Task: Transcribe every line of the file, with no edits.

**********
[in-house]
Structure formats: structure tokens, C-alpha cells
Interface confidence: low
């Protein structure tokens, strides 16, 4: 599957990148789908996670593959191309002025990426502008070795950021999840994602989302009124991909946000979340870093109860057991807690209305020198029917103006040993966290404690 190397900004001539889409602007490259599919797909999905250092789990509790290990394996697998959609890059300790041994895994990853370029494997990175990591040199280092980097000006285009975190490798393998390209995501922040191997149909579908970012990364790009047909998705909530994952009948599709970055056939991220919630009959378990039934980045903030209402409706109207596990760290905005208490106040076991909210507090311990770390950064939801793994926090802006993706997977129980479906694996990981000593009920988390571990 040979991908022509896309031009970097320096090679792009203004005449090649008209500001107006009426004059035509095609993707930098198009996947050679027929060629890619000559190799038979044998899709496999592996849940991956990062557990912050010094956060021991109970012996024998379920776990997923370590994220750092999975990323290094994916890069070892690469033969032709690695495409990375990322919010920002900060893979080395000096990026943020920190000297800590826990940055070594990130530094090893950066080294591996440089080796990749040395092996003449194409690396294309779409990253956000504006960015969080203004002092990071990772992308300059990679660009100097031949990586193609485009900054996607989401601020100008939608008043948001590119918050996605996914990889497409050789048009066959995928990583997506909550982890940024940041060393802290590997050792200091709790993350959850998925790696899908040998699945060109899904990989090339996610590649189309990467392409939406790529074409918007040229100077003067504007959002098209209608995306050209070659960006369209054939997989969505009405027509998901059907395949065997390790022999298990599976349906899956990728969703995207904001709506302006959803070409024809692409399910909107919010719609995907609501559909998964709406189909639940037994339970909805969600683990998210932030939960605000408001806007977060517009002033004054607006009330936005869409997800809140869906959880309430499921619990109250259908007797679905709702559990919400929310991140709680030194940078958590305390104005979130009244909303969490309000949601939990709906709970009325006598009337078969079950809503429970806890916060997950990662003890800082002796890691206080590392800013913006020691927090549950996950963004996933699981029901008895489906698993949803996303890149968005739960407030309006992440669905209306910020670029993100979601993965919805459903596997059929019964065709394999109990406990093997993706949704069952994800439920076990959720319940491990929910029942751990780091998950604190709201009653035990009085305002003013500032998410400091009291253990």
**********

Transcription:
[in-house]
Structure formats: structure tokens, C-alpha cells
Interface confidence: low
């Protein structure tokens, strides 16, 4: 599957990148789908996670593959191309002025990426502008070795950021999840994602989302009124991909946000979340870093109860057991807690209305020198029917103006040993966290404690 190397900004001539889409602007490259599919797909999905250092789990509790290990394996697998959609890059300790041994895994990853370029494997990175990591040199280092980097000006285009975190490798393998390209995501922040191997149909579908970012990364790009047909998705909530994952009948599709970055056939991220919630009959378990039934980045903030209402409706109207596990760290905005208490106040076991909210507090311990770390950064939801793994926090802006993706997977129980479906694996990981000593009920988390571990 040979991908022509896309031009970097320096090679792009203004005449090649008209500001107006009426004059035509095609993707930098198009996947050679027929060629890619000559190799038979044998899709496999592996849940991956990062557990912050010094956060021991109970012996024998379920776990997923370590994220750092999975990323290094994916890069070892690469033969032709690695495409990375990322919010920002900060893979080395000096990026943020920190000297800590826990940055070594990130530094090893950066080294591996440089080796990749040395092996003449194409690396294309779409990253956000504006960015969080203004002092990071990772992308300059990679660009100097031949990586193609485009900054996607989401601020100008939608008043948001590119918050996605996914990889497409050789048009066959995928990583997506909550982890940024940041060393802290590997050792200091709790993350959850998925790696899908040998699945060109899904990989090339996610590649189309990467392409939406790529074409918007040229100077003067504007959002098209209608995306050209070659960006369209054939997989969505009405027509998901059907395949065997390790022999298990599976349906899956990728969703995207904001709506302006959803070409024809692409399910909107919010719609995907609501559909998964709406189909639940037994339970909805969600683990998210932030939960605000408001806007977060517009002033004054607006009330936005869409997800809140869906959880309430499921619990109250259908007797679905709702559990919400929310991140709680030194940078958590305390104005979130009244909303969490309000949601939990709906709970009325006598009337078969079950809503429970806890916060997950990662003890800082002796890691206080590392800013913006020691927090549950996950963004996933699981029901008895489906698993949803996303890149968005739960407030309006992440669905209306910020670029993100979601993965919805459903596997059929019964065709394999109990406990093997993706949704069952994800439920076990959720319940491990929910029942751990780091998950604190709201009653035990009085305002003013500032998410400091009291253990």